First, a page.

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Comment Re:Neutrinos (Score 2) 191

Neutrinos with mass certainly DO fit in the Standard Model. In fact, all 3 known left-handed neutrinos are a part of the standard model. Neutrinos are even known to oscillate between the 3 types. Originally, neutrinos were assumed to be massless as their mass is so incredibly tiny it couldn't be detected when the particles were first proposed and discovered. Their insignificant mass didn't alter any predictions the model made on particle physics at the time. That does not mean that they aren't more well understood today, nor that they have some magical capability that doesn't fit the framework of the standard model. They were just assumed to be massless because they moved at near light speed and there didn't seem to be any right-handed neutrinos detected that would show they interacted with the Higgs... also, every particle interaction that created them didn't have any missing mass that would need to be accounted for by the neutrino ejected from the collision.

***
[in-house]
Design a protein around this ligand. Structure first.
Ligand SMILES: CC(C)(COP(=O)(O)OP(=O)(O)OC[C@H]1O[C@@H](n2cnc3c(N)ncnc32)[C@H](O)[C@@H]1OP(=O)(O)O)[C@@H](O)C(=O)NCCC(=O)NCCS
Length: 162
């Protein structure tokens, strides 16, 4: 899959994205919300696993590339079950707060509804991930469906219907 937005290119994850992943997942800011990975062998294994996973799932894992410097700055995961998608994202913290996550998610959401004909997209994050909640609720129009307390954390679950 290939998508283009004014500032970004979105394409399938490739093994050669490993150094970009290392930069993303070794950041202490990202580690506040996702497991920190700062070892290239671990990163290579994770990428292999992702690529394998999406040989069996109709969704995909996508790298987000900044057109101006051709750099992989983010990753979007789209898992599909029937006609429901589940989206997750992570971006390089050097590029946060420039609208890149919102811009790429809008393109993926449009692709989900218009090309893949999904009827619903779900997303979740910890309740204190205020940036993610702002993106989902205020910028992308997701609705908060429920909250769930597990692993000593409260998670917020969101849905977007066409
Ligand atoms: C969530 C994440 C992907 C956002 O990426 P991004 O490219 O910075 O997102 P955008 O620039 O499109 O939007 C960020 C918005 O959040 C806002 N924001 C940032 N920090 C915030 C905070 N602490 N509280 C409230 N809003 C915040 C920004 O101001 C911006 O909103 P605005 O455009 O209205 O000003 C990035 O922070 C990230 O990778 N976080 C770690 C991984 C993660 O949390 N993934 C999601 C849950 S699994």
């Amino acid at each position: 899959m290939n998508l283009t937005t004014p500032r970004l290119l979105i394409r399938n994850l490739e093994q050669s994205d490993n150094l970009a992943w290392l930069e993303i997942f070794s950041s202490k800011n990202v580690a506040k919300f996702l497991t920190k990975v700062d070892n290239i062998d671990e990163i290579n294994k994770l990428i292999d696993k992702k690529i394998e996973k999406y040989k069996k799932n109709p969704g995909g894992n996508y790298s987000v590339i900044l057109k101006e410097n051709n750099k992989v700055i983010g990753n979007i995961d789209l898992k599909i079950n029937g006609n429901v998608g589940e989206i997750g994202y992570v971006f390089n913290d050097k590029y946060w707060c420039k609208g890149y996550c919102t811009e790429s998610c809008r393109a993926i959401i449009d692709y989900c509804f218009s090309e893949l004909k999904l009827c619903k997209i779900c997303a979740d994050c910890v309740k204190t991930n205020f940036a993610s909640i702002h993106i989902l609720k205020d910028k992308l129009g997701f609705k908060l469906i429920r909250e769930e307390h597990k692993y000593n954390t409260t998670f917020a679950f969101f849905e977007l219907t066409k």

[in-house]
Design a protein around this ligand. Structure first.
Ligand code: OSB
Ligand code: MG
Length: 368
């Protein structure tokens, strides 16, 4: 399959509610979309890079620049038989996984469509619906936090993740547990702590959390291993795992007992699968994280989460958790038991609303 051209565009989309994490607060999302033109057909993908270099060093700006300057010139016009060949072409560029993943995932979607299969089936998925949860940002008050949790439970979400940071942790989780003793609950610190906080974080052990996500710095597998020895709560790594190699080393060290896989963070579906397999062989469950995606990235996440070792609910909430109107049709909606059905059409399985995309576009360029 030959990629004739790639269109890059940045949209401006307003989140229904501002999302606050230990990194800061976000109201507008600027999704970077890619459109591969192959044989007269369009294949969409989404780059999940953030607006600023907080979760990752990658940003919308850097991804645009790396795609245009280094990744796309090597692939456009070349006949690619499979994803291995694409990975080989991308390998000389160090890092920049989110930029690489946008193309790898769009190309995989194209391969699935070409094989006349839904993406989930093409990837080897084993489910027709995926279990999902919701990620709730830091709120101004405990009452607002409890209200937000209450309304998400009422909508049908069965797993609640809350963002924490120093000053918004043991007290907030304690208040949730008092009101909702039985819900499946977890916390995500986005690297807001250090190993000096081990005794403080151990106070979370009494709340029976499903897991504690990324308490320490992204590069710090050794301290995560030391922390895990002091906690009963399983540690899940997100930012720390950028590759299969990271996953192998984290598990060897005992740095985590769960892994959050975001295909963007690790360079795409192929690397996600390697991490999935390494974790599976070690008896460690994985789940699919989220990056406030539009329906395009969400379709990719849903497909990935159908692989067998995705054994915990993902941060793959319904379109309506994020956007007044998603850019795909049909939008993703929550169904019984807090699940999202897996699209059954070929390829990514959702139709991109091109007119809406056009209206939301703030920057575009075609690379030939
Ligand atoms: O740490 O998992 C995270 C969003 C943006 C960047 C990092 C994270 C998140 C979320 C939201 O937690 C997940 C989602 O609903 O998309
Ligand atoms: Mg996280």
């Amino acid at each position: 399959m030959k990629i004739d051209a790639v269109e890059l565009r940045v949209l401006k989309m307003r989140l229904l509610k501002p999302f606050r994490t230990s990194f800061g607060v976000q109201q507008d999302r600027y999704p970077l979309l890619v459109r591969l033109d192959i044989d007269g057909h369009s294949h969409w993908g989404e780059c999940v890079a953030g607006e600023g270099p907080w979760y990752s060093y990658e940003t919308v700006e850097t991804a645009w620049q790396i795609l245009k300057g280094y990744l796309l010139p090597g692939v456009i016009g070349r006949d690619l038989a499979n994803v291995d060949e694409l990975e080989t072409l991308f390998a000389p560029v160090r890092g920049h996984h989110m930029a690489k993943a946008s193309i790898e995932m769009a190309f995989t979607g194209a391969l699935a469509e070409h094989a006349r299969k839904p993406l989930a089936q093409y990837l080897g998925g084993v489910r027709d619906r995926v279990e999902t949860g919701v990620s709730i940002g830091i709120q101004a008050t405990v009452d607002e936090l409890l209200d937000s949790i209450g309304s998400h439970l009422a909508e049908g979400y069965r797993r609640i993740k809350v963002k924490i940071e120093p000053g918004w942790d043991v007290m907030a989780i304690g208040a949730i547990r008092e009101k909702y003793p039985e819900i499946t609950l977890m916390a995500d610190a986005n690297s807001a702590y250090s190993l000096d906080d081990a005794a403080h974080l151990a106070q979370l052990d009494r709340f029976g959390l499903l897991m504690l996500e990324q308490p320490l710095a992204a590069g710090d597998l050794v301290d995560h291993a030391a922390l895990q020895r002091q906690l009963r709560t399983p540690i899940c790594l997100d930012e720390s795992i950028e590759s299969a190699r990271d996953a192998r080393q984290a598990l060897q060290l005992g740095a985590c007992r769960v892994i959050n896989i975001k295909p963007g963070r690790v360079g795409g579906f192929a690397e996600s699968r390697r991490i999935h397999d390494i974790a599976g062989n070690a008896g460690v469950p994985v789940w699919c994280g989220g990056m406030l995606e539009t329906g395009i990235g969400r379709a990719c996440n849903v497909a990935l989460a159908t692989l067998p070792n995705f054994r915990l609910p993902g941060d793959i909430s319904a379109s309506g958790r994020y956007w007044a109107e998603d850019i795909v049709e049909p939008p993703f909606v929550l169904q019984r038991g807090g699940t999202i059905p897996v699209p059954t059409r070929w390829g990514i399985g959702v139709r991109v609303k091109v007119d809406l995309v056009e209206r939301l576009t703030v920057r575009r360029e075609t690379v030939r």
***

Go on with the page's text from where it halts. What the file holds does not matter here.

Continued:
There are theories on how and why the neutrinos oscillate between the 3 mass states and on how they interact with the Higgs to generate those masses. There are even theories that include right-handed "sterile" neutrinos that we haven't yet detected (and possibly can't ever hope to detect based on theories of their properties.) The fact that we can't prove it and don't have any good experiments in progress to figure it out doesn't mean the 3 flavors of neutrinos with their various masses don't fit perfectly well into the standard model as-is. These tiny, fast, ghostly particles just don't interact with regular matter very often, nor do they interact with electro-magnetic fields... so, it's very difficult if not impossible to devise experiments to definitively tell us much about how they generate their masses from the Higgs (or some unknown source) or why there are no detectable right-handed neutrinos (assuming they even exist... and if they do, that they exist for long enough to be detected before flipping back to left-handed ones).